JK Marshall Mercantile Reports Inflation Impacts UK Retail Sales

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JK Marshall Mercantile says UK retail sales, which were initially propped up thanks to the sunshine and a multitude of overdue weddings in April, are now on a steady decline as consumers tighten their purses in a highly inflationary environment and deteriorating consumer confidence.

A recent report by JK Marshall Mercantile showed how the pandemic created an environment whereby many retail outlets oscillated between being open and closed, which had a clear impact on sales as well as on consumer spending patterns. The report revealed that consumers either migrated to online purchasing or closed their wallets altogether, as consumer confidence dampened dramatically, with uncertainty weighing.

Based on reports by the most recent BRC-KPMG Retail Sales Monitor, year on year total retail sales dropped off 0.3%, in stark comparison to a rise of 51.1% in April 2021 last year, which was of course relative to April 2020, in which the world first experience lockdown as a result of rising Covid cases. Like on like sales for the period fell even further by 1.7%, this stands in contrast to an uptick of 39.6% for the same time span in 2021.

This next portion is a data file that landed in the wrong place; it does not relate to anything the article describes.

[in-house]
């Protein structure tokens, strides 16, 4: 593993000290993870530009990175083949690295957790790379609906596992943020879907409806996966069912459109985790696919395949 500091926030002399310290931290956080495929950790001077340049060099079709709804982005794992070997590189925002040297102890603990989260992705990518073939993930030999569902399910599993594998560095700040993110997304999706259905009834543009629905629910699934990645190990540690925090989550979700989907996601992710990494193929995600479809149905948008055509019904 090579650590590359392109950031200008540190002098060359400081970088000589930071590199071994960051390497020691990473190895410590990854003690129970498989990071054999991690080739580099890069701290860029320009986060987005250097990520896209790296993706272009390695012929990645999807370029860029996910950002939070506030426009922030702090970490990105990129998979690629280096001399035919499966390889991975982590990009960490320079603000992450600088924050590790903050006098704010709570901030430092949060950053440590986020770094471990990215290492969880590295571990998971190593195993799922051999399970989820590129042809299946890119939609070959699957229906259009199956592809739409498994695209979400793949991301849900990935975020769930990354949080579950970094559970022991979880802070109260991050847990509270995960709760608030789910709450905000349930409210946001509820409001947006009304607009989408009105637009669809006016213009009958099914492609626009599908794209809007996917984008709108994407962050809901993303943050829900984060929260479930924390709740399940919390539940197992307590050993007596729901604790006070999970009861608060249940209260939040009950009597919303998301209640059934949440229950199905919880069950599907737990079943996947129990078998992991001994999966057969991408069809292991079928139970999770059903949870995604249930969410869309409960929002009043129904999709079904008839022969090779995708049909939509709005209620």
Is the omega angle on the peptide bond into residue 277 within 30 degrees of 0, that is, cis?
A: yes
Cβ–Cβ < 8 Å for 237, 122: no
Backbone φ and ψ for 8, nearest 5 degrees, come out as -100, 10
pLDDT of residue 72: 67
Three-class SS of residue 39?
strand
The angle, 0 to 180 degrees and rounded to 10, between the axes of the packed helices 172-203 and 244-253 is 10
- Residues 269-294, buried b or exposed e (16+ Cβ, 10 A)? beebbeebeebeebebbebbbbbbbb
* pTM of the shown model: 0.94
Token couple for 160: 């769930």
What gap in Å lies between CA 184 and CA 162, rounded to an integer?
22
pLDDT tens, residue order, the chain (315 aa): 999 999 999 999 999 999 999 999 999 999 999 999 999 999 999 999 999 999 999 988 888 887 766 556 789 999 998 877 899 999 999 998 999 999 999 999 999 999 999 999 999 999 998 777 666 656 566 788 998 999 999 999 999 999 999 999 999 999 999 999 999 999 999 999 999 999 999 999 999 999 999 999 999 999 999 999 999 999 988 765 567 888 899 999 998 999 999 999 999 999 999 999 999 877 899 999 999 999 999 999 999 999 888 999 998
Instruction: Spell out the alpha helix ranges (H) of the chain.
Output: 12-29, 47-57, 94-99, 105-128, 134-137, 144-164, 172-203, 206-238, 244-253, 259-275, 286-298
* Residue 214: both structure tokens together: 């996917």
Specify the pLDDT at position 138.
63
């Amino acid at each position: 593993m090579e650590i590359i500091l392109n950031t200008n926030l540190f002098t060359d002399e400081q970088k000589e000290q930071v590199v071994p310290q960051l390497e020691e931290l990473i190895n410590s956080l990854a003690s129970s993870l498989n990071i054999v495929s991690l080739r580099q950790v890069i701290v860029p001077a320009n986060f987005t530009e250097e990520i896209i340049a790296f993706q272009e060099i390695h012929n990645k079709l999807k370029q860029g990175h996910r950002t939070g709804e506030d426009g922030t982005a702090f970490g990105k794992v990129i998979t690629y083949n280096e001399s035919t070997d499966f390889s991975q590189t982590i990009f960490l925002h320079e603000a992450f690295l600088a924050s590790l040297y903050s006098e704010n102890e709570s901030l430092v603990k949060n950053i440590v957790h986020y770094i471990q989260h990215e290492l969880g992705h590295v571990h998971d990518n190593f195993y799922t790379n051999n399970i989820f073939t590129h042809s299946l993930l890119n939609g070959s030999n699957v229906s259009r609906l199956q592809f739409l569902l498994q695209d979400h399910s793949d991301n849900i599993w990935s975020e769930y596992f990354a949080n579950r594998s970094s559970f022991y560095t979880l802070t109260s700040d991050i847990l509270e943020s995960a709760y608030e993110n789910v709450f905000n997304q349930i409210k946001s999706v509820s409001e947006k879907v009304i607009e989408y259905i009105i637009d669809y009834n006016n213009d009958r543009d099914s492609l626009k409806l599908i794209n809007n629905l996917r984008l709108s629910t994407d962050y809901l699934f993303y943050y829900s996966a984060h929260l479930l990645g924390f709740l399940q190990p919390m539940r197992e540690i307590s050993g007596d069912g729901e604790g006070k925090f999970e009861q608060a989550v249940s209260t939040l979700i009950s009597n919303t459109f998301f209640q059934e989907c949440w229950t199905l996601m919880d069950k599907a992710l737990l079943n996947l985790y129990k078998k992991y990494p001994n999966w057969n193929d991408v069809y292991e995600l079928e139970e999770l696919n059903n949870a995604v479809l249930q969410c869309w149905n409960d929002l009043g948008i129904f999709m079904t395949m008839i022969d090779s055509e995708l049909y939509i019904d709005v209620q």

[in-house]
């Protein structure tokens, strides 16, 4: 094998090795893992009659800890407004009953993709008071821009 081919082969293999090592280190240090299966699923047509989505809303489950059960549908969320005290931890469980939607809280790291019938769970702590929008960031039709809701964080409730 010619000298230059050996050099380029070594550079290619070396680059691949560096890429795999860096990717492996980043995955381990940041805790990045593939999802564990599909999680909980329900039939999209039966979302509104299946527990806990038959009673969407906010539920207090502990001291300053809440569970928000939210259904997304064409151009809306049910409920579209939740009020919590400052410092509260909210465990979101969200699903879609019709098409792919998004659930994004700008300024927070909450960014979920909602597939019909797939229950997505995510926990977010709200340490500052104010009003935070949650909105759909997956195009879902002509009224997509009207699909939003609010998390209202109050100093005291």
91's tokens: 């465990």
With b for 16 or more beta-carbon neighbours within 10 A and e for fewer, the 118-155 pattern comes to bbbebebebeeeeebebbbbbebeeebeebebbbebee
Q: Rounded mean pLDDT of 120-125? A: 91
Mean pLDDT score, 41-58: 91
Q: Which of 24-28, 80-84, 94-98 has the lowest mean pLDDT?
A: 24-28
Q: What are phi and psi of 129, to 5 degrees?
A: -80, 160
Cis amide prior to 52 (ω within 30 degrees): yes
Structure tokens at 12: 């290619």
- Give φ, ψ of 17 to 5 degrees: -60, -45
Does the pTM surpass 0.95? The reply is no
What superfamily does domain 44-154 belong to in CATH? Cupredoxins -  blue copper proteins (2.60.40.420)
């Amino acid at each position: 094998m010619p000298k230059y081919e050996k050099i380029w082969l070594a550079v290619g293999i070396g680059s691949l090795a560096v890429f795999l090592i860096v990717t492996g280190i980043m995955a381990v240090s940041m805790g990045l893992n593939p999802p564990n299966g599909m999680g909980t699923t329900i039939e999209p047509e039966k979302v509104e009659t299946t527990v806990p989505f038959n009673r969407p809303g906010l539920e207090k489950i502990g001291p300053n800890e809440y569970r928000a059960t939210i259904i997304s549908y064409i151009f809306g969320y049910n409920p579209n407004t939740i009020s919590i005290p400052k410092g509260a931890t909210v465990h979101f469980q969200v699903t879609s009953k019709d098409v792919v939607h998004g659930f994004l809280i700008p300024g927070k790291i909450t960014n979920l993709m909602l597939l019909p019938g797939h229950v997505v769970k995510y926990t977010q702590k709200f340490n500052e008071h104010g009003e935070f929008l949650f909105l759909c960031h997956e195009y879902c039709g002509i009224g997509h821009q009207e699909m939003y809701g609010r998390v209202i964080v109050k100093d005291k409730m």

JK Marshall Mercantile analysts believe slipping retail performance can be attributed to diminished consumer confidence, as a result of the rising cost of living and a real necessity to hammer the breaks on non-essential spending. As such, high flying, big ticket goods have been the hardest hit, with furniture, electrical appliances, and other expensive homeware seeing the largest dip in sales volumes. This has been exacerbated by supply delays shipping out of China.

A senior strategist at JK Marshall Mercantile noted that, “although fashion sales saw more strength, particularly event-wear – as consumers found solace in occasions previously avoided due to Covid restrictions, we can expect a severe dip in the months to come, as economists predict a 10% rise in inflation for the UK alone.” This will result in increased cost of goods for retailers, who will not be in a position to absorb. “From this it’s likely, retail sales will dip as consumers will have less disposable income attributed to fashion purchases, what with rising food prices and rising prices on clothing goods,” says the senior strategist at JK Marshall Mercantile.